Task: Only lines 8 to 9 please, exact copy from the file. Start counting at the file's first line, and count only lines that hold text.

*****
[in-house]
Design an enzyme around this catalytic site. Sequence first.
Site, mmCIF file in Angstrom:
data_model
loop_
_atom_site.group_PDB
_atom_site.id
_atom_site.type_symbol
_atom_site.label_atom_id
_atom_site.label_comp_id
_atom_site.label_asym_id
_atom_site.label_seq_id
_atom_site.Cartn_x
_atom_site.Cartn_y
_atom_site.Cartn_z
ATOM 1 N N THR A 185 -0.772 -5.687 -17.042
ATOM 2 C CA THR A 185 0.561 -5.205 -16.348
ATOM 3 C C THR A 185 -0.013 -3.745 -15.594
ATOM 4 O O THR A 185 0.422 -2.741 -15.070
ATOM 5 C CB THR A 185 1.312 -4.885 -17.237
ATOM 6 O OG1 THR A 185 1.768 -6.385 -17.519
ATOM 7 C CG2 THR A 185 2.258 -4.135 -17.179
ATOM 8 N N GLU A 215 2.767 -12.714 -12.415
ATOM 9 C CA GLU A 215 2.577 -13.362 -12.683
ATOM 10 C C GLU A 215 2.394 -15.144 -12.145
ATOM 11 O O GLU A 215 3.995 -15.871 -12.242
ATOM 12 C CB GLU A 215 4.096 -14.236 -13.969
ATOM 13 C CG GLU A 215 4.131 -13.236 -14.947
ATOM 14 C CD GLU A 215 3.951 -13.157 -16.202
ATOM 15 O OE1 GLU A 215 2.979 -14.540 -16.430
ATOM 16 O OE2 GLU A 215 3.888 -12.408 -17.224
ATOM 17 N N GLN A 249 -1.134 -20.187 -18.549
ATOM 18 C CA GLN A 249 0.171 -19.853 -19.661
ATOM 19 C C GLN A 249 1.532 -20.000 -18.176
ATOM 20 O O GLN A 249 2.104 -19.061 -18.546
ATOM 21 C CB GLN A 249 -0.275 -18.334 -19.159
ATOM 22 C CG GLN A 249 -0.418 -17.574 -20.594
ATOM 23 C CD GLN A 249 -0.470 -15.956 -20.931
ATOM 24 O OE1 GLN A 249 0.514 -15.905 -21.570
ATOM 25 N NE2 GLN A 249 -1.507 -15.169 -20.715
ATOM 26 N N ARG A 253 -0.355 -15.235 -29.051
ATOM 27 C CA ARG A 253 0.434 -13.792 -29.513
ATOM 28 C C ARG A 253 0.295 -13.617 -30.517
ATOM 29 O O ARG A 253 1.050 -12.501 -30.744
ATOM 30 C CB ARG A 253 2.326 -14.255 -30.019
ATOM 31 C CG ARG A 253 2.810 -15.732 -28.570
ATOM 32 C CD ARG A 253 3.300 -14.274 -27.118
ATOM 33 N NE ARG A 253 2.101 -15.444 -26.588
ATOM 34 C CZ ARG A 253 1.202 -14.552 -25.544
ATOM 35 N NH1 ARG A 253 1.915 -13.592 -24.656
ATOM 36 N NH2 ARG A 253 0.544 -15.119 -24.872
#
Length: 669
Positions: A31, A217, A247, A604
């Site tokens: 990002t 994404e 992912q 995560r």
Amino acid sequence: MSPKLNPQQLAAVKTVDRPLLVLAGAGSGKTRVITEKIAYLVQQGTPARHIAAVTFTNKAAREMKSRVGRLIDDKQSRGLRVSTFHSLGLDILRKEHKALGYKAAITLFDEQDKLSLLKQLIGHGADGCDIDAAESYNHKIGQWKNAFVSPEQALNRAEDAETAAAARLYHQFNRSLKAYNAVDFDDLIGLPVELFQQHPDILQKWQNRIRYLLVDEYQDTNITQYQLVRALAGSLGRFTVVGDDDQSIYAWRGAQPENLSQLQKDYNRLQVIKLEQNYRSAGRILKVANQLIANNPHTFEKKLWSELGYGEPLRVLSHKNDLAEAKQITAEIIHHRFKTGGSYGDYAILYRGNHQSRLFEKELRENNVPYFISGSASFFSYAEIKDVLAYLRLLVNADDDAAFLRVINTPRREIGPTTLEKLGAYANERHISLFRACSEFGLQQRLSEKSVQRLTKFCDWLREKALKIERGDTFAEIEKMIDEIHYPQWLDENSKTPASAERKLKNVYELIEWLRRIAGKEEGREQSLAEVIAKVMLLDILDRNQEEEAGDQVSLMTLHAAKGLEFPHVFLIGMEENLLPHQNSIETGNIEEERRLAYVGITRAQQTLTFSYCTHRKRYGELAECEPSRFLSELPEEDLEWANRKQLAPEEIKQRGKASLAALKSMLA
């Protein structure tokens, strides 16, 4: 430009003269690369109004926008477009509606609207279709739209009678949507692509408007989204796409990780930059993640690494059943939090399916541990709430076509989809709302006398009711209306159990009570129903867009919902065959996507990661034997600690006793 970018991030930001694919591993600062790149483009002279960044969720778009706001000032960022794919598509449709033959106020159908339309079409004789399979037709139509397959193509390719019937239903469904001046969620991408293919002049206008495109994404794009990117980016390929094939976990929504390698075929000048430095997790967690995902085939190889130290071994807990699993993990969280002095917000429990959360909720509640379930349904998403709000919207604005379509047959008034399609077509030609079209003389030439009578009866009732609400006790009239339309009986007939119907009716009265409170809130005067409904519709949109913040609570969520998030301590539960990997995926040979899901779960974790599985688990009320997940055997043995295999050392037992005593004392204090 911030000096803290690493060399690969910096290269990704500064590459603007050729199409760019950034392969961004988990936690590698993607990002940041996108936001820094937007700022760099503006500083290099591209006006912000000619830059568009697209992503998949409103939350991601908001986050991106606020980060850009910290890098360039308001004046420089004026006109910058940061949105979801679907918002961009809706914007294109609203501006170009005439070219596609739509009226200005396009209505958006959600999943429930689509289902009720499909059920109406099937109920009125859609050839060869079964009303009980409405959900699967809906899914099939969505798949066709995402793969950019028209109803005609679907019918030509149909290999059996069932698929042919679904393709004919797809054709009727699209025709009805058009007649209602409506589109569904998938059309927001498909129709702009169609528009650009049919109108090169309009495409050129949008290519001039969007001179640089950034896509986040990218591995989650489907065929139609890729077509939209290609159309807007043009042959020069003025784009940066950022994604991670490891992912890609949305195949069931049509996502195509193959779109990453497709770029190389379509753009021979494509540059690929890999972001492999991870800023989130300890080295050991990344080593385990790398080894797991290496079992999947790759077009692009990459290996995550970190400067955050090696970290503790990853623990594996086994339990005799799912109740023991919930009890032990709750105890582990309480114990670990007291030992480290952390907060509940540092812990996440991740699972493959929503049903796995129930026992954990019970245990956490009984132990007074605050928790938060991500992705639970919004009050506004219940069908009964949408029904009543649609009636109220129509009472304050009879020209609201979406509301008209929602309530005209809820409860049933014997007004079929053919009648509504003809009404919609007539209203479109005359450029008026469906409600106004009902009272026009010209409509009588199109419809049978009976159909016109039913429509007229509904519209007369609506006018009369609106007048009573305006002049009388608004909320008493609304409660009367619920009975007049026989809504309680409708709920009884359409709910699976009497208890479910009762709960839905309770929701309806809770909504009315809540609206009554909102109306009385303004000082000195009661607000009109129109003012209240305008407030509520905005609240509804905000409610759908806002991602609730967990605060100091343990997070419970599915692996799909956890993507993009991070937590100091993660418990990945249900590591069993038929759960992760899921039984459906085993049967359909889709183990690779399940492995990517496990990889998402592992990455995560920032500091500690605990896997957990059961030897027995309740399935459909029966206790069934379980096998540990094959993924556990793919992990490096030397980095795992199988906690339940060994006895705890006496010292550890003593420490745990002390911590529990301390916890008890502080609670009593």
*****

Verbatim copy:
_atom_site.type_symbol
_atom_site.label_atom_id